October 22, 2010
They say death and strange baseball plays come in threes. Don't they say that? Well, they ought to.
Anyway, the San Francisco Giants might rue the third inning of Game 5 of the NLCS come the offseason, because it could be when their season started to die.
Unfortunate mistakes by Tim Lincecum(notes), Pablo Sandoval(notes) and Aubrey Huff(notes) — along with what had to be the shortest bunt in history — set up the Philadelphia Phillies in the deciding inning of their 4-2 victory.
You know how many times Lincecum ever had hit someone with an 0-2 count? Take the tip of your thumb and connect it to your index finger. What do you got? Nada.
Halladay followed with what could be described as an eventful bunt. It only went about 2 feet, and foul, before catcher Buster Posey(notes) picked it up. Posey's quick grab probably prompted umpire Jeff Nelson — who couldn't have had a good look at the play, otherwise he would have ruled it dead on the spot — to call it fair.
Meanwhile, Halladay stood in place, seemingly persuaded the ball was foul and appearing to stay out of the way.
Via the Philly Inquirer:
"When I first hit it, I just didn't think I got very much," Halladay said. "It stayed in front of the plate, but I was thinking it was going to go backward."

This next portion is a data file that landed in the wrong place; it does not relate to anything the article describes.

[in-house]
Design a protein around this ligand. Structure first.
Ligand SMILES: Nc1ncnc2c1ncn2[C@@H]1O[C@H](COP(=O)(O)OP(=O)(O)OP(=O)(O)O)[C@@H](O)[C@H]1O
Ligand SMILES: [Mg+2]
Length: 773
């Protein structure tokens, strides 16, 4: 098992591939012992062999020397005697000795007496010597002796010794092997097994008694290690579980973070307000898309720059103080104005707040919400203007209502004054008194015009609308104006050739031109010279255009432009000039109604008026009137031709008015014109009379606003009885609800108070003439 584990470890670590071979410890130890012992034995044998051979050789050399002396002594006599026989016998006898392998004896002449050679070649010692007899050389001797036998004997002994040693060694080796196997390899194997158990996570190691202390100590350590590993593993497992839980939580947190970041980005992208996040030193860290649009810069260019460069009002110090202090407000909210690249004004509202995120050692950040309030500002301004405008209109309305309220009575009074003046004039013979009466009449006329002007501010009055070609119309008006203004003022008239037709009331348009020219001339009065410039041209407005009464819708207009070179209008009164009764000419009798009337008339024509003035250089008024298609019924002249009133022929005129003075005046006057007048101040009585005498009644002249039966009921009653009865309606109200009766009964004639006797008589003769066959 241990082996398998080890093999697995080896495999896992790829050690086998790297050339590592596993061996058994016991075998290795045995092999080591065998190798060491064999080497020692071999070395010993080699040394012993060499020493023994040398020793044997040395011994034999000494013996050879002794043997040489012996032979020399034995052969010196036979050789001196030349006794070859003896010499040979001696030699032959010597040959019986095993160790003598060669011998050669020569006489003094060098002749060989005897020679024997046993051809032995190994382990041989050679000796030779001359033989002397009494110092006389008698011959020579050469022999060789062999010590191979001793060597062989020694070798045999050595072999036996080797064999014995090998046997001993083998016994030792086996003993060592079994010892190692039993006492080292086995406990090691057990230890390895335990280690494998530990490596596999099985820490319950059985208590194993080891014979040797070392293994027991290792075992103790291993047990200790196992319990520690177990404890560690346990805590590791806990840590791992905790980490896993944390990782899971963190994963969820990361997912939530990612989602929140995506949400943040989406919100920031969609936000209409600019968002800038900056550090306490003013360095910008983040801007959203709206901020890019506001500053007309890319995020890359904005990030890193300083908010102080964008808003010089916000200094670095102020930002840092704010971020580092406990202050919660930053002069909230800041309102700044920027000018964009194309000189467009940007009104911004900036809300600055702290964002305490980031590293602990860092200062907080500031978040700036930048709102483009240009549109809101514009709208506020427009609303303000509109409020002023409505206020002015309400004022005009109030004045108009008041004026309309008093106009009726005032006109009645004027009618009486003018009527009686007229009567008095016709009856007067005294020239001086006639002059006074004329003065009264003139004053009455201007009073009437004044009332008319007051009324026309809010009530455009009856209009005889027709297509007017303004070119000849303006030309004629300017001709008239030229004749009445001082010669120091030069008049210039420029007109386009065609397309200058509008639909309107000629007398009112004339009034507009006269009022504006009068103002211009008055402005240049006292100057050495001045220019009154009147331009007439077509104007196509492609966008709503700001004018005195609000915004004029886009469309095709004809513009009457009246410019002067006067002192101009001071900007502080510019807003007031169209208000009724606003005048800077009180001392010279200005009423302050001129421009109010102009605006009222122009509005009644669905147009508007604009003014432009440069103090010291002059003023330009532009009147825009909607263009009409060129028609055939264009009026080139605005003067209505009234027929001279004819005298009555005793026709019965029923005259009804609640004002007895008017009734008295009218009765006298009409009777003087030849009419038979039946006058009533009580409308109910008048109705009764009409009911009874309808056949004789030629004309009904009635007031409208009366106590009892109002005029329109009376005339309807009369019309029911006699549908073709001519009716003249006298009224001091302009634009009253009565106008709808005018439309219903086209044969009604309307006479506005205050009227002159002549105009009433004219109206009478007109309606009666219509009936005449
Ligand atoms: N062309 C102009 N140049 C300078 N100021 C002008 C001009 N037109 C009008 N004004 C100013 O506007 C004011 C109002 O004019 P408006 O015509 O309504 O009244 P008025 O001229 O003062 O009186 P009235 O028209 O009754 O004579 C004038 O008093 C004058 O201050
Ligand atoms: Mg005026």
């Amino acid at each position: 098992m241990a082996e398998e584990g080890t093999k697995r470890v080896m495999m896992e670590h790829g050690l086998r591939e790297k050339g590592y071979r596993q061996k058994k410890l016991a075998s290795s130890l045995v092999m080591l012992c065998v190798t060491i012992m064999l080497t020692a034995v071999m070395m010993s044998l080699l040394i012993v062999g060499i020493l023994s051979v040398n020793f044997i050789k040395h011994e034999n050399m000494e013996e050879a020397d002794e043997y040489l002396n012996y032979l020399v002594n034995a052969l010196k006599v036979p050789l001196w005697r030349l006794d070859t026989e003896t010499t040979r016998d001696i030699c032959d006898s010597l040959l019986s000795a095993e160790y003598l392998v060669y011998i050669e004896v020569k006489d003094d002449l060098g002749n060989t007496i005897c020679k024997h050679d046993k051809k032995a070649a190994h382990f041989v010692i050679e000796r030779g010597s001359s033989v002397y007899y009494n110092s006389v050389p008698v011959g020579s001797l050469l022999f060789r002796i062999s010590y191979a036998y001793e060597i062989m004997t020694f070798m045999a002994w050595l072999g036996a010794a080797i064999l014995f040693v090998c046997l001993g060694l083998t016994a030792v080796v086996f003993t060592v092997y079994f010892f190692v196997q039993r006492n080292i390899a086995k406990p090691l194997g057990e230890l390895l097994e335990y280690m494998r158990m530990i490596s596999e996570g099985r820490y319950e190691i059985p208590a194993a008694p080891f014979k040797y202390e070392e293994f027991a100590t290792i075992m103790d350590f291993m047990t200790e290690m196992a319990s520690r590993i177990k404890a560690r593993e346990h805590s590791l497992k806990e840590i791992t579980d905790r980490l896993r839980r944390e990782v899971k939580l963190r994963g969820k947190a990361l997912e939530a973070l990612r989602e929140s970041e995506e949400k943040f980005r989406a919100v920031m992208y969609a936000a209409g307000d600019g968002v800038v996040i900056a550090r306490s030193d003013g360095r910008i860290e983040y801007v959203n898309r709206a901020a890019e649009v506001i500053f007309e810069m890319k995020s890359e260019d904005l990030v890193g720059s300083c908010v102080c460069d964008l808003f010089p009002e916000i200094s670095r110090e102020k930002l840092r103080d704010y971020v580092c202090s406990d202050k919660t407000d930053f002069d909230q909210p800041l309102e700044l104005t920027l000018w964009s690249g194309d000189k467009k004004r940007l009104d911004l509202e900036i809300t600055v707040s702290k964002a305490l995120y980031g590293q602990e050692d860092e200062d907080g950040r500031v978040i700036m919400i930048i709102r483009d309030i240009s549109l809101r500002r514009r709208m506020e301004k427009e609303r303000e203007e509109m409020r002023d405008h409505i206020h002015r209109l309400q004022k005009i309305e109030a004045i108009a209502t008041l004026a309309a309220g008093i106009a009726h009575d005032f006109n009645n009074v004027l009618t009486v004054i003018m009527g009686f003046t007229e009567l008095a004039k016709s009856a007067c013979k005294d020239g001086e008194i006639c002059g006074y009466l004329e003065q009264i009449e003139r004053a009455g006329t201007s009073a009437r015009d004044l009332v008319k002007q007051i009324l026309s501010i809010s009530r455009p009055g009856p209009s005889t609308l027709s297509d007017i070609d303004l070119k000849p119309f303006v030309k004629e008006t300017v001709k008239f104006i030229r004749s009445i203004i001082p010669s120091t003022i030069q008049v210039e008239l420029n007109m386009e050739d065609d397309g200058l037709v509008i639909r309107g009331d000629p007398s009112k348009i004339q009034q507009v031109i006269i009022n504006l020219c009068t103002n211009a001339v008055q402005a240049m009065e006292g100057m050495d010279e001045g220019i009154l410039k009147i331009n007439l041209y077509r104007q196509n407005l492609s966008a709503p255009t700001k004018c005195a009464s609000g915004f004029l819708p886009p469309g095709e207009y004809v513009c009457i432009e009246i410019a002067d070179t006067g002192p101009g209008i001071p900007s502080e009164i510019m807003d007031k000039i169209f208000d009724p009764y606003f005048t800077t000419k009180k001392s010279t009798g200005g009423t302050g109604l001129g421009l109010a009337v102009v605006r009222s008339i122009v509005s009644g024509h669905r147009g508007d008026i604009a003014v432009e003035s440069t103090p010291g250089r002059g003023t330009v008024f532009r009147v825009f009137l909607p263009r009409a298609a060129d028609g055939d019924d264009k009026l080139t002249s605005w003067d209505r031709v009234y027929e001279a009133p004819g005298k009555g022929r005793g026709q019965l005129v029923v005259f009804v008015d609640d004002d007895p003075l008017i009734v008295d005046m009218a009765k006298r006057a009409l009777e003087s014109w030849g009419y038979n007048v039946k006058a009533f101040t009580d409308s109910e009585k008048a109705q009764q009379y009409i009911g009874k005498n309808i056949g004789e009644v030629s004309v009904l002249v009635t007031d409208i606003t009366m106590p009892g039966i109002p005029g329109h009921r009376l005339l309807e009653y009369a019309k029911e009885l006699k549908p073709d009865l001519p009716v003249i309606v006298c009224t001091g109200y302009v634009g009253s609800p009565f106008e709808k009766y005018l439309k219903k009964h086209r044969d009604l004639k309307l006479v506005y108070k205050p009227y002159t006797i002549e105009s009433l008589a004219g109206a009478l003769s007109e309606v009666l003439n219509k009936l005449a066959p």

Such a diplomat.
Posey made an accurate throw to third, but Sandoval — who was backpedaling to the bag after charging the bunt — had to catch the ball with his back to the base, his feet still moving and his head turning. He made a half-blind stab at the bag with his right foot, but missed and had to try again. By the time he stomped on third, Ibañez had slid safely.
"[I ran] like I had a fire under my tail," Ibañez said with the slightest trace of a grin.
Sandoval, who also fell down on the play, got up in time to throw out Halladay — who never really got going — at first. The Phillies had two in scoring position, and the Giants had blown an opportunity.
"We're inches away from getting a double play," Giants manager Bruce Bochy said. "So that's a missed opportunity — and it came back to haunt us."
Two pitches later, Huff booted a sharp grounder to first by Shane Victorino(notes). It caromed into shallow center field and two runs scored. Huff made three errors at first during the regular season.
"Aww, man," Huff said. "He's standing up for his first baseman. He's a great pitcher, a great kid. No, this one's on me. Obviously, I made the big one.
"It's all on me tonight."
An exaggeration. But it's not one to say that, had they handled the third inning better, the Giants might be celebrating an NL pennant.